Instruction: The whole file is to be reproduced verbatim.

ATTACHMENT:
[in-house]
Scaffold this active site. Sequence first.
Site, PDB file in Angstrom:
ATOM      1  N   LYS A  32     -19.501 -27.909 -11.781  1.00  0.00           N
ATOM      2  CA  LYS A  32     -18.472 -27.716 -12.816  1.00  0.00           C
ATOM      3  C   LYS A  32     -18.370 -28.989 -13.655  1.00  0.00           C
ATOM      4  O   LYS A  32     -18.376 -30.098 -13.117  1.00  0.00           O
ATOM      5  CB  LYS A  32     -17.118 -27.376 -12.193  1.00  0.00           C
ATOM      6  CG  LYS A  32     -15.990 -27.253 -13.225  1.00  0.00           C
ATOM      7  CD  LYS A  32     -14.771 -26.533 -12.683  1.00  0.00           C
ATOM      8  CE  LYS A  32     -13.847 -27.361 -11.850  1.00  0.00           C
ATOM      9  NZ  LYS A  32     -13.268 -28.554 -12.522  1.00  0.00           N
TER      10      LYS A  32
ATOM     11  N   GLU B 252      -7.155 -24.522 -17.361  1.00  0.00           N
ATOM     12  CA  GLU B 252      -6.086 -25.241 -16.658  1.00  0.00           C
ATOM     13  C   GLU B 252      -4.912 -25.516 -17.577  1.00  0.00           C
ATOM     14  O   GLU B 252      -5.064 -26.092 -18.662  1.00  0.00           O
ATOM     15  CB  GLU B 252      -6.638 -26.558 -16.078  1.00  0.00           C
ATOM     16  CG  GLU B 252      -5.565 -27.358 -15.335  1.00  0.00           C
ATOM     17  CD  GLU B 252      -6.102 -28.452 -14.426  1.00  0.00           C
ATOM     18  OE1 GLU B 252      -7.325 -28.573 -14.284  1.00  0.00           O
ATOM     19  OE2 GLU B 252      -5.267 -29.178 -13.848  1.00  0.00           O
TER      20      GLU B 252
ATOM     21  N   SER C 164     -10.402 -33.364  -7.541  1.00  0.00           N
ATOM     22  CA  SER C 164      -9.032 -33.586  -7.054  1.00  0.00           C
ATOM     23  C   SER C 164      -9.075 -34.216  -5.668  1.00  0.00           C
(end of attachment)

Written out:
[in-house]
Scaffold this active site. Sequence first.
Site, PDB file in Angstrom:
ATOM      1  N   LYS A  32     -19.501 -27.909 -11.781  1.00  0.00           N
ATOM      2  CA  LYS A  32     -18.472 -27.716 -12.816  1.00  0.00           C
ATOM      3  C   LYS A  32     -18.370 -28.989 -13.655  1.00  0.00           C
ATOM      4  O   LYS A  32     -18.376 -30.098 -13.117  1.00  0.00           O
ATOM      5  CB  LYS A  32     -17.118 -27.376 -12.193  1.00  0.00           C
ATOM      6  CG  LYS A  32     -15.990 -27.253 -13.225  1.00  0.00           C
ATOM      7  CD  LYS A  32     -14.771 -26.533 -12.683  1.00  0.00           C
ATOM      8  CE  LYS A  32     -13.847 -27.361 -11.850  1.00  0.00           C
ATOM      9  NZ  LYS A  32     -13.268 -28.554 -12.522  1.00  0.00           N
TER      10      LYS A  32
ATOM     11  N   GLU B 252      -7.155 -24.522 -17.361  1.00  0.00           N
ATOM     12  CA  GLU B 252      -6.086 -25.241 -16.658  1.00  0.00           C
ATOM     13  C   GLU B 252      -4.912 -25.516 -17.577  1.00  0.00           C
ATOM     14  O   GLU B 252      -5.064 -26.092 -18.662  1.00  0.00           O
ATOM     15  CB  GLU B 252      -6.638 -26.558 -16.078  1.00  0.00           C
ATOM     16  CG  GLU B 252      -5.565 -27.358 -15.335  1.00  0.00           C
ATOM     17  CD  GLU B 252      -6.102 -28.452 -14.426  1.00  0.00           C
ATOM     18  OE1 GLU B 252      -7.325 -28.573 -14.284  1.00  0.00           O
ATOM     19  OE2 GLU B 252      -5.267 -29.178 -13.848  1.00  0.00           O
TER      20      GLU B 252
ATOM     21  N   SER C 164     -10.402 -33.364  -7.541  1.00  0.00           N
ATOM     22  CA  SER C 164      -9.032 -33.586  -7.054  1.00  0.00           C
ATOM     23  C   SER C 164      -9.075 -34.216  -5.668  1.00  0.00           C